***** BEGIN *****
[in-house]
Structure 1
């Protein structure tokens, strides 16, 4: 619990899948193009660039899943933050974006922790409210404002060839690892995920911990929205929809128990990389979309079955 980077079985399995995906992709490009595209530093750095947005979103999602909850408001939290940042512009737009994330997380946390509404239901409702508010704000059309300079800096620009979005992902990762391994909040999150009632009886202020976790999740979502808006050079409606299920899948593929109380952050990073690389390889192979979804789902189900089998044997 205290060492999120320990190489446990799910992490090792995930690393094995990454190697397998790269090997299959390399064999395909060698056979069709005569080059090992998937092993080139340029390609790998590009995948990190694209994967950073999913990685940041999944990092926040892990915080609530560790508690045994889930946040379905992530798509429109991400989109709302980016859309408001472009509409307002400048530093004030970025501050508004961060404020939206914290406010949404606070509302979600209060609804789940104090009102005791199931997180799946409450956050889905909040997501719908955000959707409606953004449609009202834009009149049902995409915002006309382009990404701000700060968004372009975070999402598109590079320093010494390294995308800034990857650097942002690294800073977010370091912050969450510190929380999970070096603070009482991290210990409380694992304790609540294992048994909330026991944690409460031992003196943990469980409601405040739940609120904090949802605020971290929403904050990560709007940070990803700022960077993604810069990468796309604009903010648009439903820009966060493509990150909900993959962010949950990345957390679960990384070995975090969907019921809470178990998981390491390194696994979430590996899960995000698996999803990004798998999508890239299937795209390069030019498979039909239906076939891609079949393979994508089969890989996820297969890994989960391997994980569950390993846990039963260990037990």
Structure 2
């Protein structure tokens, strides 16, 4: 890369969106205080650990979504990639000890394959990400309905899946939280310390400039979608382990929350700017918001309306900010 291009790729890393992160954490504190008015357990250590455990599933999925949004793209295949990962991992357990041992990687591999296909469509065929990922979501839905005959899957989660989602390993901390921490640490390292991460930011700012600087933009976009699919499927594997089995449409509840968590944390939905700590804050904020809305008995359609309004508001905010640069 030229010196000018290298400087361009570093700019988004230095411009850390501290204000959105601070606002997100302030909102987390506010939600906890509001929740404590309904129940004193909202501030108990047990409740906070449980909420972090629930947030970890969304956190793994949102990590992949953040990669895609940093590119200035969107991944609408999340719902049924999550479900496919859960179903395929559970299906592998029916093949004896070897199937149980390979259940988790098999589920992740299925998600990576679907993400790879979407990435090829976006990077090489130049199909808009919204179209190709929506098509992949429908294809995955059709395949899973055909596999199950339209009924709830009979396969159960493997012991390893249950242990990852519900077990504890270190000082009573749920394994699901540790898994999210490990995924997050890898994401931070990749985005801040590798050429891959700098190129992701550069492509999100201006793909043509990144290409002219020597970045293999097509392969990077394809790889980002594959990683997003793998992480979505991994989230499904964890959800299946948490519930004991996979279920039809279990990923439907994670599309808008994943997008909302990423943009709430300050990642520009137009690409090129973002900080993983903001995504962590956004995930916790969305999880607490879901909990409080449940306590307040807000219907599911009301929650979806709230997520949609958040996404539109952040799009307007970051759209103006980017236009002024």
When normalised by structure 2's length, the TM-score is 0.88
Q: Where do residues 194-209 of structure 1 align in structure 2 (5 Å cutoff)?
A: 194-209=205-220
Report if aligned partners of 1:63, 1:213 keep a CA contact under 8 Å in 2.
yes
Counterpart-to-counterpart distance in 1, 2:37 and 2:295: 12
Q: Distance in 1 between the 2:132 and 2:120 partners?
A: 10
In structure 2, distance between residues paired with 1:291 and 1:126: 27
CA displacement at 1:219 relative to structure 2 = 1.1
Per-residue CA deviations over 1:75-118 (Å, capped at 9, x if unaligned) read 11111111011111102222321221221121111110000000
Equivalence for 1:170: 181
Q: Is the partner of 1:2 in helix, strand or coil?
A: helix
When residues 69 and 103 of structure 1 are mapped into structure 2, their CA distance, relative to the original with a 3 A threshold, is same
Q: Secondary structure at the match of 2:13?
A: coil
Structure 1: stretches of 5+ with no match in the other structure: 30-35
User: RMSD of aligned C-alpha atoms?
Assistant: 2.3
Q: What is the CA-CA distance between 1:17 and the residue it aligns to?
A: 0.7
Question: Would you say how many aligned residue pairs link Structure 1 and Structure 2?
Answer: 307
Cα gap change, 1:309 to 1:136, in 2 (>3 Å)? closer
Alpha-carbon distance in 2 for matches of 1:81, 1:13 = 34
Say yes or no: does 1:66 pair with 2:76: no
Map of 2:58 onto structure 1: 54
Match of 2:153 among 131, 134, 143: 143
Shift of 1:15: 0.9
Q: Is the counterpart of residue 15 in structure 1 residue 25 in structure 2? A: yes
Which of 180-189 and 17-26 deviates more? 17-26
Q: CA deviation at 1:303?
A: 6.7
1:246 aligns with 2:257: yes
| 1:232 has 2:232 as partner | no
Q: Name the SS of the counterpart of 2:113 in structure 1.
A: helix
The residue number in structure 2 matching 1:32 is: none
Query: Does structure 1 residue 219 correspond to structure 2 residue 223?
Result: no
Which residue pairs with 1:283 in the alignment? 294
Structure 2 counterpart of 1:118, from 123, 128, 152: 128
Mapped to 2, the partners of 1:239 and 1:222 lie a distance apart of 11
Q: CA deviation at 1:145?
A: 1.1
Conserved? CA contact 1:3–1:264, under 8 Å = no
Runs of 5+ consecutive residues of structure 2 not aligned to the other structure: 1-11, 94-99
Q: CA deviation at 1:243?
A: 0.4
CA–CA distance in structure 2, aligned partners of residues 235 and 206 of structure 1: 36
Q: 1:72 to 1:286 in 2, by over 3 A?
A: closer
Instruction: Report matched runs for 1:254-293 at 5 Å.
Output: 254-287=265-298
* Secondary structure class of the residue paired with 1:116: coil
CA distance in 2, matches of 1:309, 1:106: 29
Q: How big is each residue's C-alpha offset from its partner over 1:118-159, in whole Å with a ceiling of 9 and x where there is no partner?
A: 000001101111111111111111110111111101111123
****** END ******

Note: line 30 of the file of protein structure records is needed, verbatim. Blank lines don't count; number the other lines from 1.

Cα gap change, 1:309 to 1:136, in 2 (>3 Å)? closer